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Meera Syal

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She is probably one of the most famous of her generation of British Asians to impact mainstream culture. She has written and starred in the awardwinning television series, Goodness Gracious Me, and had the audience in splits in The Kumars at No 42. While she began her career with theatre and then went on to television, the need to share, express and communicate more has made her take ink to paper several times by now and each time, she has been applauded for her artistic flair. Be it the screenplay for Bhaji on the Beach or the script for Andrew Lloyd Webber’s hit musical, Bombay Dreams, or her bestselling books Anita and Me, Life isn’t all Ha Ha Hee Hee and the most recent The House of Hidden Mothers… Meera Syal has been a superlatively creative artist since her first job that made her tour a one woman show, One of Us, around the country in her first summer after university. That show won her an award and after that she only moved forward and escalated with every performance or writing she did. She is inspirational, ballsy, experimental but above all extremely proficient. And she does what she does as she very passionately says, ‘I’m not much good at anything else! And what I do is not a job, it’s who I am, the urge to tell stories and through them find meaning and reach people ancient and primal.’ I connected with her to learn more about her journey, her choices and about the various roles she plays…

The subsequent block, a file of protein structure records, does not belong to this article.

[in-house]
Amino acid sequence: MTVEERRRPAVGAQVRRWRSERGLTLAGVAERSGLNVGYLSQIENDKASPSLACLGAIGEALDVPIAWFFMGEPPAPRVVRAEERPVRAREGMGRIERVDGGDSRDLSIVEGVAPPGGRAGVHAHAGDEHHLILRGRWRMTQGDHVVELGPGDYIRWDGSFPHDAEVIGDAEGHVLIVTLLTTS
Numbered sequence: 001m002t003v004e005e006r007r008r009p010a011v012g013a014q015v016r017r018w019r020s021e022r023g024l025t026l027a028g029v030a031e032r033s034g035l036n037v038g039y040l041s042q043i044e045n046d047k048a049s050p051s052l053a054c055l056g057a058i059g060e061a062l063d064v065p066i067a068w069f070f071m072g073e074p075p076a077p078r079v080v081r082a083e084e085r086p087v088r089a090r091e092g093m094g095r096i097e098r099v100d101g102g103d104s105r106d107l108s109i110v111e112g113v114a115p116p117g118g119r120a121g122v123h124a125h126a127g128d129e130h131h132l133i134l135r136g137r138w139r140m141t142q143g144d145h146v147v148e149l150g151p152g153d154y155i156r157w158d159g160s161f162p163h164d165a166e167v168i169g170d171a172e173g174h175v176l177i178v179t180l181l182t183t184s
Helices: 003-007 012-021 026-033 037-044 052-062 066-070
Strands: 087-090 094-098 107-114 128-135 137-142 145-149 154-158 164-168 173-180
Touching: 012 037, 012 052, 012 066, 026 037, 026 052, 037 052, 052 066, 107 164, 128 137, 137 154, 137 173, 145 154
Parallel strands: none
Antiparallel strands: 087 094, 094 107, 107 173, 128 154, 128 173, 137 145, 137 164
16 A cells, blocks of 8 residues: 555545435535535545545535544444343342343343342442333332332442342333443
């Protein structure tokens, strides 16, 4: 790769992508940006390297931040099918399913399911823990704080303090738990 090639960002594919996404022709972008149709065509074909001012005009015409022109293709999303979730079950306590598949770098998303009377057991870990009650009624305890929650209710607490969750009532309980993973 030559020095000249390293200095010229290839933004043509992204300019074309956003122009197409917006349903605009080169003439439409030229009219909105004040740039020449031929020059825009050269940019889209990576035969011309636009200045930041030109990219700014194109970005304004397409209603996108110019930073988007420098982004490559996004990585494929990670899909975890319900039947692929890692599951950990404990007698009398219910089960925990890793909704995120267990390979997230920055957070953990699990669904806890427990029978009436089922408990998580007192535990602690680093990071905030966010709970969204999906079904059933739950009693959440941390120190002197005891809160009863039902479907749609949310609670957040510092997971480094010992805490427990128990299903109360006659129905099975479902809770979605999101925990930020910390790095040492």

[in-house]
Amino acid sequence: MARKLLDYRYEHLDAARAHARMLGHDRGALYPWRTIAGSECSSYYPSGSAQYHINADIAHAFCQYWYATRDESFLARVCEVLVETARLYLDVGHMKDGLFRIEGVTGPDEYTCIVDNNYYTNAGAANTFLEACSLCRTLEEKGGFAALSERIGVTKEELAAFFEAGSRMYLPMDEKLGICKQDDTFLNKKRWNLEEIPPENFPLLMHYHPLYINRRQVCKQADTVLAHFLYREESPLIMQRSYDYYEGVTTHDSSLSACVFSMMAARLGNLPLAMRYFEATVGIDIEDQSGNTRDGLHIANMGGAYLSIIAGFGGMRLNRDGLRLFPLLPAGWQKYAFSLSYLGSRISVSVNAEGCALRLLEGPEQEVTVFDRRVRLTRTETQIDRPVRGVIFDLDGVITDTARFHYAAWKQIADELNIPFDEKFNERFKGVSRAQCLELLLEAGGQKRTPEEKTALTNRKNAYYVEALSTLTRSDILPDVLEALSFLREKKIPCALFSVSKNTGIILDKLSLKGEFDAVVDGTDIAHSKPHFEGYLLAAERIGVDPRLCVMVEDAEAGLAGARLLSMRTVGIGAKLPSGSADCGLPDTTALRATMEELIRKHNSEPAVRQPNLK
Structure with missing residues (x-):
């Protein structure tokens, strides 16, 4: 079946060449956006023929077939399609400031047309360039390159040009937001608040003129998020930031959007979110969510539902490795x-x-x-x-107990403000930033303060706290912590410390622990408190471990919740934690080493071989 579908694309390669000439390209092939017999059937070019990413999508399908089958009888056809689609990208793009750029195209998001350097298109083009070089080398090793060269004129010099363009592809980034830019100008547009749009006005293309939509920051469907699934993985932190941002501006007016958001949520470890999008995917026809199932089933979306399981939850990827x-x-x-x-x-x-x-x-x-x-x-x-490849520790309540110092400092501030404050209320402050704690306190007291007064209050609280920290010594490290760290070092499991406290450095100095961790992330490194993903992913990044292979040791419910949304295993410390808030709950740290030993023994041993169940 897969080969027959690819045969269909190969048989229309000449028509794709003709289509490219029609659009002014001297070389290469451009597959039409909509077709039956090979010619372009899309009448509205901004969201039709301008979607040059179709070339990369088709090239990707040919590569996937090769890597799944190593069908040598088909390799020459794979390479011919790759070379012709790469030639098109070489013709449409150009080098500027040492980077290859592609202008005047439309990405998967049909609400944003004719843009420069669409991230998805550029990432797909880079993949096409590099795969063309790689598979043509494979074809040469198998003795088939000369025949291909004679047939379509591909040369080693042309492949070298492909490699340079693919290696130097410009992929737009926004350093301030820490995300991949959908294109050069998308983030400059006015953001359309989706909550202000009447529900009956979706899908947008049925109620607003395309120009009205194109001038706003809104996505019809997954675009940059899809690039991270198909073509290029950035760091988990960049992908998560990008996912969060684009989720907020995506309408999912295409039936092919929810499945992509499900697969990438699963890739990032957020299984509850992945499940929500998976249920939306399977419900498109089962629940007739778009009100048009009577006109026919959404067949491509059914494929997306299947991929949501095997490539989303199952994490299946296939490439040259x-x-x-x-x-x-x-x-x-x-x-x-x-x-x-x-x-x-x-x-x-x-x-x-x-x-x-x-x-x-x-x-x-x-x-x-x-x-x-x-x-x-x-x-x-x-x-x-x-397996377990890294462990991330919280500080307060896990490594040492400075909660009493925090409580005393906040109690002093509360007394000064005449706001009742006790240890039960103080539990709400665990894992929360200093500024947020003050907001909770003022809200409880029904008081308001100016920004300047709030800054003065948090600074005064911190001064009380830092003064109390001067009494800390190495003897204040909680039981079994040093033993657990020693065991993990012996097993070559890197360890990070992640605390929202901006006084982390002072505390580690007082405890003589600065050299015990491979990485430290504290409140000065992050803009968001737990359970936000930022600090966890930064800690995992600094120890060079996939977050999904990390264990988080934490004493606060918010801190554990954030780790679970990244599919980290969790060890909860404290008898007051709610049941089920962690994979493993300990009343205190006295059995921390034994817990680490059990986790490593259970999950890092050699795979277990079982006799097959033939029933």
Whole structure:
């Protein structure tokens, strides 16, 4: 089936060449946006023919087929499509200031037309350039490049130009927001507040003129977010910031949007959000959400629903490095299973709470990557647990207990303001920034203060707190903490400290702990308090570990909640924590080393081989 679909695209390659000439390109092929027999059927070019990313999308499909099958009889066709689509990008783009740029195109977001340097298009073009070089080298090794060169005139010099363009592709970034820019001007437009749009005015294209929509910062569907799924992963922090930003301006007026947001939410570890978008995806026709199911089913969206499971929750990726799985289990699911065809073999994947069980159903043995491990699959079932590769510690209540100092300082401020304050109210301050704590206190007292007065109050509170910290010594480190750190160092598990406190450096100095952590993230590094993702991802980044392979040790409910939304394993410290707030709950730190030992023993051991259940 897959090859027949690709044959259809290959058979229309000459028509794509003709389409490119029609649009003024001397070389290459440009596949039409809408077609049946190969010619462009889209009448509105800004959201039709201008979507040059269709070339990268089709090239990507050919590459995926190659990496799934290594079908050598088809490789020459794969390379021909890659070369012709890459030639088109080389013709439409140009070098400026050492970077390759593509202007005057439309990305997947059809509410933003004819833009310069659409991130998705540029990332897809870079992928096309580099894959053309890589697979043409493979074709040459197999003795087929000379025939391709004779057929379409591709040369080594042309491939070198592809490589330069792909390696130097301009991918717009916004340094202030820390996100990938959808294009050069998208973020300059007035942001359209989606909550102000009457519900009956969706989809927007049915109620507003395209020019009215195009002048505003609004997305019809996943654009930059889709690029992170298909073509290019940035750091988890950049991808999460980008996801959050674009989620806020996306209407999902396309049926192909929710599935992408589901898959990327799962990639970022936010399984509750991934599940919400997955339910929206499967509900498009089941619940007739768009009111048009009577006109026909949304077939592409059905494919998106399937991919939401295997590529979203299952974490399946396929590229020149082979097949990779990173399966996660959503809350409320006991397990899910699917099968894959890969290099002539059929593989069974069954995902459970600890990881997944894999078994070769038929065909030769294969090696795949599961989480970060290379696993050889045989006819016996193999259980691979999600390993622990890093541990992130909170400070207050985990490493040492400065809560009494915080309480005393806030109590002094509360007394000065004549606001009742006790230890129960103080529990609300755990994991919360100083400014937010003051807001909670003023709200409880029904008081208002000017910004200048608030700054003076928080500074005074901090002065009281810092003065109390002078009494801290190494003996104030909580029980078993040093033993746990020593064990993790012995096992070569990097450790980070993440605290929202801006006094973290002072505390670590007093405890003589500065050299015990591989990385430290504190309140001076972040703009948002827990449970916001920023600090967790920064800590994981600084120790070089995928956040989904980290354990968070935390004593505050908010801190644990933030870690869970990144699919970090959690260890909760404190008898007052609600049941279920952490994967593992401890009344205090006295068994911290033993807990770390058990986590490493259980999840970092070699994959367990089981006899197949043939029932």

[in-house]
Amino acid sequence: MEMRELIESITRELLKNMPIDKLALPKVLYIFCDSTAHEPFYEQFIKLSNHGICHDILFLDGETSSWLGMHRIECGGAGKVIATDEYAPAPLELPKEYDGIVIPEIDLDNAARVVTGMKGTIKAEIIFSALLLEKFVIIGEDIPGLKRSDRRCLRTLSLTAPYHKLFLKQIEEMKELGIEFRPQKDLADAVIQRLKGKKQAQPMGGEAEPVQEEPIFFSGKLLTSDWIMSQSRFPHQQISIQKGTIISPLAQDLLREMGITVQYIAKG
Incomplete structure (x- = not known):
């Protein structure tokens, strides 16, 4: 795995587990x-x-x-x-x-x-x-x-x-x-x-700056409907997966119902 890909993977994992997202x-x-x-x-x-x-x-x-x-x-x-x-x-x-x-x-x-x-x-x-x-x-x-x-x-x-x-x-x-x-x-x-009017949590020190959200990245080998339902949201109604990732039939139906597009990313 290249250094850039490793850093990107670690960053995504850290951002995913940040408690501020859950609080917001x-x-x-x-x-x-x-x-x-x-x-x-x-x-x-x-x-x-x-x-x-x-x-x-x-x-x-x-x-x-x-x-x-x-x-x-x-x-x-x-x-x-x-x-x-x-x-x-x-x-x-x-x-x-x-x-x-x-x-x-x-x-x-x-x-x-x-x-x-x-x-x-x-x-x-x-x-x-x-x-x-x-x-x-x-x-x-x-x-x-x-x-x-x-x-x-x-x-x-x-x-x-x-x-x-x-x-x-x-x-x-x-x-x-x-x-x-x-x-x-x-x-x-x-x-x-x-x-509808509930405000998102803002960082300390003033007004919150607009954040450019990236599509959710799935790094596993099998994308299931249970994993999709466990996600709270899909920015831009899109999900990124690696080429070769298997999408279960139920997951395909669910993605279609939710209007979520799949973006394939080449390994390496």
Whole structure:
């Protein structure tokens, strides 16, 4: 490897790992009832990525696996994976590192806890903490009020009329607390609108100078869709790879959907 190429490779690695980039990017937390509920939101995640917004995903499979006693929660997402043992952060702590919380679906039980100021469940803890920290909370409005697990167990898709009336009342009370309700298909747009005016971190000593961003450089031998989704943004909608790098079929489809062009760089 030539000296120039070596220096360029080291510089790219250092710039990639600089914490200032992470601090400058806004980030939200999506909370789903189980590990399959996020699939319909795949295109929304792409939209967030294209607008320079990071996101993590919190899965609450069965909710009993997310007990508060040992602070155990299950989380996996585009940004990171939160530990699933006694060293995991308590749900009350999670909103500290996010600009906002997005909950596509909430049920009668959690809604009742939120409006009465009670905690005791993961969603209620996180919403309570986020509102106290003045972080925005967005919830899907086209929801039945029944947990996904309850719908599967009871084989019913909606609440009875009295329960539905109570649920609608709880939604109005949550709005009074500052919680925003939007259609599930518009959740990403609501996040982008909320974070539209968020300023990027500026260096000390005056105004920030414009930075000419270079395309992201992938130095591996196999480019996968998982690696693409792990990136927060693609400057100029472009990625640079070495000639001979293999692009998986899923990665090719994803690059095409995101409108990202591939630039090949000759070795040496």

You are an actor, writer, playwright, producer, singer and journalist—how challenging is donning all these hats?
Well, singer and journalist are probably misleading, I did sing in a jazz band for many years and have done musicals but I really wouldn’t out it down as a profession! Similarly though I’ve written for fair few publications regularly over the years, I wouldn’t describe myself as a journalist either. The main two strings on my bow are acting and writing. And I started writing really because there were so few good roles being offered to me when I first became an actress; when I was faced with the usual stereotypical downtrodden Indian woman kind of stuff I thought, I’m sure I can do better than this as it couldn’t get much worse. I didn’t begin with prose writing until the later 1990s but I do love having the two disciplines to choose from, as one feeds the other continually, it’s the variety that keeps both fresh I think. Also both disciplines feed each other, when you read so many scripts as an actor, you do get a feel for story, and dialogue, character, and I try and feed that into my scripts or novels. Also when I write, I try and make every part as complex and layered as I can because as an actor, I have played the small roles and I know how frustrating it is to have a few lines that you can do nothing with!

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